Furthermore, there is also a lack of information about the effects of EIMD on posture and balance, as well as on speed, agility and quickness.
This study investigated the development of EIMD following damaging exercises for the hamstrings.
It has been assumed that an increase in lactate contributes to an augmented ventilatory response following EIMD (40).
e pain, on subsequent days of recovery following EIMD.
In the control group, EIMD was induced with a Contrex dynamometer (CON-TREX Multijoint System, CMV AG manufacture, Switzerland).
The main finding of this study demonstrated positive effects of sauna intervention on EIMD symptoms in pain intensity and muscle function.
It is known that neural adaptations may partially explain why a prior bout of eccentric exercise provides protection to the extent of EIMD following a repeated bout of eccentric exercise (McHugh 2003; Starbuck and Eston, 2012).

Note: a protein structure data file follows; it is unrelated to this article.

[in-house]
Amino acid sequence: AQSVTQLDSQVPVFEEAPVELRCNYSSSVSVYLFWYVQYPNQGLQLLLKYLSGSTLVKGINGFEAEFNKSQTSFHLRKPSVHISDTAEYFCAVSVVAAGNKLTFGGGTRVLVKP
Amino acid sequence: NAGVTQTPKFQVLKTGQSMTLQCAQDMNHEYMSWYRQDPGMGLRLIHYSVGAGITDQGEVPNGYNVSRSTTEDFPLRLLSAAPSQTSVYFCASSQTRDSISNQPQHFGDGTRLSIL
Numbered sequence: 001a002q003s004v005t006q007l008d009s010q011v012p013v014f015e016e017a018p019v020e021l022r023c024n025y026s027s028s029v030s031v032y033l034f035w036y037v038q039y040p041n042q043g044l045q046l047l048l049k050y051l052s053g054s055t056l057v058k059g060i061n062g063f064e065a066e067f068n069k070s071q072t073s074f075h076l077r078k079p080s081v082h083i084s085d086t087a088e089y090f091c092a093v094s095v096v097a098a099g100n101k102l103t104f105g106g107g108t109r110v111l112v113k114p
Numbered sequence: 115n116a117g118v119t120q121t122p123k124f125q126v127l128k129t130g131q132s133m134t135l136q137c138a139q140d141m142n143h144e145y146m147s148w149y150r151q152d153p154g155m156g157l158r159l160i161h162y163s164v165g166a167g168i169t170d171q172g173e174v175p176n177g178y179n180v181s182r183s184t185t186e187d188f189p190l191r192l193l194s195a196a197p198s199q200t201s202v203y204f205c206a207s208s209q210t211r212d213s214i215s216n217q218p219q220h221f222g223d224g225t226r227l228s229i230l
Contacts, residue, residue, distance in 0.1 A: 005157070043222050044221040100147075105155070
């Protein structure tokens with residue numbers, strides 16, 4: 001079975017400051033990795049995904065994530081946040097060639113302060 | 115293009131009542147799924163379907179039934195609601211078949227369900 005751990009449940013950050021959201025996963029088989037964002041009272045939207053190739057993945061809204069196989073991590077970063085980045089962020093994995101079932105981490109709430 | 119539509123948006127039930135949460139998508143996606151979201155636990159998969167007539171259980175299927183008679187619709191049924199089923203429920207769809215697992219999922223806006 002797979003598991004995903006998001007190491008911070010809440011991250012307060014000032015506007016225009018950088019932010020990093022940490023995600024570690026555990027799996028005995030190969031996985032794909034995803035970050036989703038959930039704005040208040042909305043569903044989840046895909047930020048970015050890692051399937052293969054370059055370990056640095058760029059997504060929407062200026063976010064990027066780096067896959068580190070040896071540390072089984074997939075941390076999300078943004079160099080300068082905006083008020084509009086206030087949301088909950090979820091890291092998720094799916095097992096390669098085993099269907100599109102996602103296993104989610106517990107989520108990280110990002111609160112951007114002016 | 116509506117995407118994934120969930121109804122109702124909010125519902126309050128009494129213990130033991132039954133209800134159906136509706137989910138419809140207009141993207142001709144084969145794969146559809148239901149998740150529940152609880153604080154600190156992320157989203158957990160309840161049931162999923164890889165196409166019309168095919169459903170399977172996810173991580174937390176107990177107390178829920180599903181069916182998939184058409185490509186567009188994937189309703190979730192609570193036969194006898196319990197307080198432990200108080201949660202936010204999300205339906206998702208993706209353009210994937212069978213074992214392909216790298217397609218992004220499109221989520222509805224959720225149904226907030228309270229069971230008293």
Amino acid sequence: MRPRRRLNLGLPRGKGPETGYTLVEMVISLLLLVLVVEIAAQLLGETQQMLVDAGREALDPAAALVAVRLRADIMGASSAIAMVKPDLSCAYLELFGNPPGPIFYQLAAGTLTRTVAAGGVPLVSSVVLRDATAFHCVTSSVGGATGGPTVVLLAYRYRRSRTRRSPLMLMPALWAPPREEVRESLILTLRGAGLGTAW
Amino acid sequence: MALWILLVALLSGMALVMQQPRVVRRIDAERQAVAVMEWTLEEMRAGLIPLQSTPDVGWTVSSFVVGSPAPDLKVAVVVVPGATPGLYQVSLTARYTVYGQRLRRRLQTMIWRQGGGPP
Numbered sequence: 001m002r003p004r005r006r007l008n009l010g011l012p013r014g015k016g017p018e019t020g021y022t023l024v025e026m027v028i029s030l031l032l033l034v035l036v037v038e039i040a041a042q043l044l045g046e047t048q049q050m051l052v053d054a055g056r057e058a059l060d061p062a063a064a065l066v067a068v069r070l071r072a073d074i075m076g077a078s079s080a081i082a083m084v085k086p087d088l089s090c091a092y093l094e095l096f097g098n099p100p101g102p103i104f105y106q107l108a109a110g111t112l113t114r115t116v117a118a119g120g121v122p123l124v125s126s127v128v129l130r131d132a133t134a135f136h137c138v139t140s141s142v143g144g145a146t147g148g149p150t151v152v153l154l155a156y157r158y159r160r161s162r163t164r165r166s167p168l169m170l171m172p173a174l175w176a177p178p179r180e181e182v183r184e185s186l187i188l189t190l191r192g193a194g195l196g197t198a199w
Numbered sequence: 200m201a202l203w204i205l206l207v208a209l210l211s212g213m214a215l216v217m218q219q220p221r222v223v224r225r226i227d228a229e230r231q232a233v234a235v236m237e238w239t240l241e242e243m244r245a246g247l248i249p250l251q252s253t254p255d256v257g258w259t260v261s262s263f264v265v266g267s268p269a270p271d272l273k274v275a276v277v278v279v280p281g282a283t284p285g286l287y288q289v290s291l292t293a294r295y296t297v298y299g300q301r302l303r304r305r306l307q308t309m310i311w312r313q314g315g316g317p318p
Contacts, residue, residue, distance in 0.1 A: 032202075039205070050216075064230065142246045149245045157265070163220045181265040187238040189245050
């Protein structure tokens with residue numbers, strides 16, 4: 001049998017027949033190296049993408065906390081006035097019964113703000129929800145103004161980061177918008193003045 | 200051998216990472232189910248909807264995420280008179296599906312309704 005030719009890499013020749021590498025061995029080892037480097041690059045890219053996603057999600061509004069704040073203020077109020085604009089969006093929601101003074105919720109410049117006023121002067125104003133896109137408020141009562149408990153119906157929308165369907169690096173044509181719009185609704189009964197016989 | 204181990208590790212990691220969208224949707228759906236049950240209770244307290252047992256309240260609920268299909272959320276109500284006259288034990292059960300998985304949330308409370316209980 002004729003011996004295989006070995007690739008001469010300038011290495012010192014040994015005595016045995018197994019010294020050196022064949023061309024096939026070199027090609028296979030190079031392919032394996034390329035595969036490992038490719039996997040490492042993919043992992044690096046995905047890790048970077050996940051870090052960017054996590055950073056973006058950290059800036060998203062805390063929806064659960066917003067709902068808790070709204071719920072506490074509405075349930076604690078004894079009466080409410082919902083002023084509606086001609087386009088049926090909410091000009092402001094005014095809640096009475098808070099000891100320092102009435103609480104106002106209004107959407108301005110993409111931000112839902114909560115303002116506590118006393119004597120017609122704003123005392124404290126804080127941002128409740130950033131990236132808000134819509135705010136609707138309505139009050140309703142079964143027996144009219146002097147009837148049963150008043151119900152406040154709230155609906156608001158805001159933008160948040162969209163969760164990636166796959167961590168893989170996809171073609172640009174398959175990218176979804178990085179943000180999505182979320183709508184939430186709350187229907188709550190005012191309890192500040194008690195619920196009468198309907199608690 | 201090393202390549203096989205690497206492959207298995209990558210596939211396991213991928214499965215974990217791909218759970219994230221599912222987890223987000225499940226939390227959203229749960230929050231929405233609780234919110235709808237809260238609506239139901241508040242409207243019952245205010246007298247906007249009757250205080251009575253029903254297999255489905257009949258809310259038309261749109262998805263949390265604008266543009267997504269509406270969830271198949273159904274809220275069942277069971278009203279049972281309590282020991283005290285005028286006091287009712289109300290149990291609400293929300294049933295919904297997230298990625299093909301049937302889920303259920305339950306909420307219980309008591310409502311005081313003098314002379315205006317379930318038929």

Specifically, Starbuck and Eston (2012) provided evidence that the neural adaptations mediate the protection against EIMD in the contra lateral arm.
Recently, CWI have gained increasing popularity as a means to improve recovery after strenuous training (Barnett, 2006); although most of the benefits in attenuating symptoms of EIMD are based on anecdote and lack empirical evidence (Wilcock et al.
In light of the previous limitations regarding exercise specificity, immersion temperature and duration, the aim of this study was to elucidate the efficacy of repeated CWI in the recovery of EIMD elicited by plyometric exercise.
It has been shown that strength loss after EIMD was independent of muscle action (isometric, concentric or eccentric) being performed (Byrne and Eston, 2002).
Notwithstanding the obvious fact concerning the presence of both direct and indirect symptoms of EIMD, still not only the damage mechanism itself but also its effect on the time-course of muscle function and neuromuscular performance remains to be clarified.